They too are each a part of this piece of music and I hope that their memory and their being is very much kept alive in this piece.

Likewise to what I did with the word Creeslough, I did a similar thing with each person and assigned each person with a note.

And so as we near the end of the piece, while it may sound like the piece is about to finish, ten notes will ring out.

Ten notes of equal length.

Ten notes played on their own without harmony.

Each note is sounded and then followed by a short silence.

The identity of those notes will not be revealed to the public and will only be revealed to the families.

As the piece nears to an end, the Creeslough theme is heard again, before finishing on the main body of the piece.

Olldáimh is the great affinity which describes the four affinities.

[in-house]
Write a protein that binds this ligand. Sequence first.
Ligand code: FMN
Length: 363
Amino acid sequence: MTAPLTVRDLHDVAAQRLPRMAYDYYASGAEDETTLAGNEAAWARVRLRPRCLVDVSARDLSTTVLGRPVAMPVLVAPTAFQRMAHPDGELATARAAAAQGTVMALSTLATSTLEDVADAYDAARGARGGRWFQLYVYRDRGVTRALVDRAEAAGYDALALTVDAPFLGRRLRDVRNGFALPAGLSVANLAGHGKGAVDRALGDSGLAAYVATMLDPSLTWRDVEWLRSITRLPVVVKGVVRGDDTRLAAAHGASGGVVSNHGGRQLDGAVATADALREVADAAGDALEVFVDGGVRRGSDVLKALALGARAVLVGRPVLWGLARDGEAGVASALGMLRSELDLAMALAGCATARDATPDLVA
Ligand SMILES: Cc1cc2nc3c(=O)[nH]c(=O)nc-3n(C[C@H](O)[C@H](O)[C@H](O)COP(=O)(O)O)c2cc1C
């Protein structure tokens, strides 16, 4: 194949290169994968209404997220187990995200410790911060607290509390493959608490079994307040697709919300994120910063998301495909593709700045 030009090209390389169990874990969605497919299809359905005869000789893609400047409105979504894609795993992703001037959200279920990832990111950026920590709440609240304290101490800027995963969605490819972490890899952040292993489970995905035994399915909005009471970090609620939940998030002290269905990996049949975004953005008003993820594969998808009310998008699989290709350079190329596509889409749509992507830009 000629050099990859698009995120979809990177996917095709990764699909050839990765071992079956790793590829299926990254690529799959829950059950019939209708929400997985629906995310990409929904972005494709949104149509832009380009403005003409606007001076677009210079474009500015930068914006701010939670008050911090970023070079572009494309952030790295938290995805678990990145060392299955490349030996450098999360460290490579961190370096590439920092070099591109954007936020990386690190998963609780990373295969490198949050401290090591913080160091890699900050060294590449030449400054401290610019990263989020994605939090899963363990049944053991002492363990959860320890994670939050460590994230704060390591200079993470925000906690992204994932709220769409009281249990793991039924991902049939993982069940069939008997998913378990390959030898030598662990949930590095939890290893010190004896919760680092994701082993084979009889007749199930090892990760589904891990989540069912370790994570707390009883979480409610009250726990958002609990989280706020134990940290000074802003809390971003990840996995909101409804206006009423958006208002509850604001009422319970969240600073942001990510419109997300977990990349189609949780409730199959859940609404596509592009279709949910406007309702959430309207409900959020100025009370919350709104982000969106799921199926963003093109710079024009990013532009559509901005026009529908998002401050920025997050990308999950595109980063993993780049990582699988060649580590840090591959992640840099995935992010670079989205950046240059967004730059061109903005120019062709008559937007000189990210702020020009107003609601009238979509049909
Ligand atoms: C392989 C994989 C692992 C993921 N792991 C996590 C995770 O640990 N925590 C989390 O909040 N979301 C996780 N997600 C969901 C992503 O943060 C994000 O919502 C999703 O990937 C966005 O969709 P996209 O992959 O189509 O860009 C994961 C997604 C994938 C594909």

It is about your sense of belonging to your place; your sense of belonging to your family and community; your sense of your self and spirit and soul; and your sense of belief, faith and hope.

Olldáimh is about finding healing in those affinities.

Matt McGranaghan

olldáimh was first performed at the Donegal Association Dublin Gala Night on the 15th of April, 2023, when 'The People of Creeslough' were awarded Donegal Persons of the Year 2022.

Violin: Matt McGranaghan
Piano: Denise Roper
Recorded By: Terry McGinty, Valley Music Studio, Ballybofey.
© 2023, Matt McGranaghan. All rights reserved. Unauthorised public performance, broadcast, copying and use prohibited unless with permission.